BP and Shell boosted by rallying oil prices

Kumutha Ramanathan
·Contributor
·2-min read
Oil pump in the wheat field, oil industry equipment
Oil pump in a wheat field. (Source: Getty Creative)

BP (BP.L) and Shell (RDSB.L) rose in late afternoon trading on the FTSE (^FTSE) on Tuesday, amid reports that the Organisation of the Petroleum Exporting Countries (OPEC) and its allies were close to agreeing a freeze on oil output.

OPEC is nearing a consensus, according to Bloomberg, after rejecting Russia’s proposal for a production increase.

If confirmed, any agreement would be a surprise to the market, which had been expecting an output increase of 500,000 barrels a day for February.

The benchmark Brent (BZ=F) price headed higher, up 3.4% to $52.83 (£38.28) a barrel. Crude (CL=F) also climbed 4.1%, at $49.61 a barrel.

“The only outcome that could serious threaten prices is a total collapse but that's extremely unlikely, with another compromise likely to keep all sides happy for now,” said Craig Erlam, senior market analyst at OANDA Europe.

Rising oil prices boosted producers in turn. BP (BP.L) ended the day up over 7% in London.

BP shares soared on news of OPEC and its allies coming closer to a consensus on production. Chart: Yahoo Finance
BP shares soared on news of OPEC and its allies coming closer to a consensus on production. Chart: Yahoo Finance

Shell (RDSB.L) also saw a steep climb on the news, up over 6%.

Shell reached a one-week high on Tuesday. Chart: Yahoo Finance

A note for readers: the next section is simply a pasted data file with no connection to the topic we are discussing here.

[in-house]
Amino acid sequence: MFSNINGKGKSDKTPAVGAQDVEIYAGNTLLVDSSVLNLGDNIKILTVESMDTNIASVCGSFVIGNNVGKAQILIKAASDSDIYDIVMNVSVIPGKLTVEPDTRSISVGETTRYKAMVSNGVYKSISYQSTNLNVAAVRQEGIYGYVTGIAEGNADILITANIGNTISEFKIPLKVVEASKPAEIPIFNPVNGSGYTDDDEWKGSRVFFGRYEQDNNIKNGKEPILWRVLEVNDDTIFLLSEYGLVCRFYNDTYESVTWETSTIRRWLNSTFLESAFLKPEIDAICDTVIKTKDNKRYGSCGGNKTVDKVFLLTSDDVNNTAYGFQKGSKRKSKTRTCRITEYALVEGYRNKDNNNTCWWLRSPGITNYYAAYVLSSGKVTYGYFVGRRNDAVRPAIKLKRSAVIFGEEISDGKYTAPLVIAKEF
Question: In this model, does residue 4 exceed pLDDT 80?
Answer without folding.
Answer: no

Shell reached a one-week high on Tuesday. Chart: Yahoo Finance

A deal to hold production unchanged at current levels would be regarded as a coup for Saudi Energy Minister Prince Abdulaziz bin Salman, who has focused on keeping a tight rein on output.

The fast-spreading, newly-discovered variant of COVID-19 has led oil market players to be increasingly cautious about global economic recovery efforts, as most of the world continues to struggle to contain the spread of cases.

READ MORE: COVID-19 sparks biggest London exodus since Brexit

New lockdowns have been put in place across the UK and Europe in recent days. England’s new rules will last until at least mid-February, with Scotland’s reviewed at the end of January. The UK reported a record 58,784 cases on Monday, in addition to a further 407 deaths within 28 days of a positive test. Germany is extending its lockdown until 31 January.

Despite the dramatic rise in oil stocks, prices may not make much of a recovery in 2021 in light of the new COVID-19 variant and subsequent travel restrictions that will limit the use of gasoline-fuelled transportation, such as cars and airplanes.

A Reuters poll of 39 economists and analysts conducted in the second half of December forecast Brent crude prices would average $50.67 per barrel next year.

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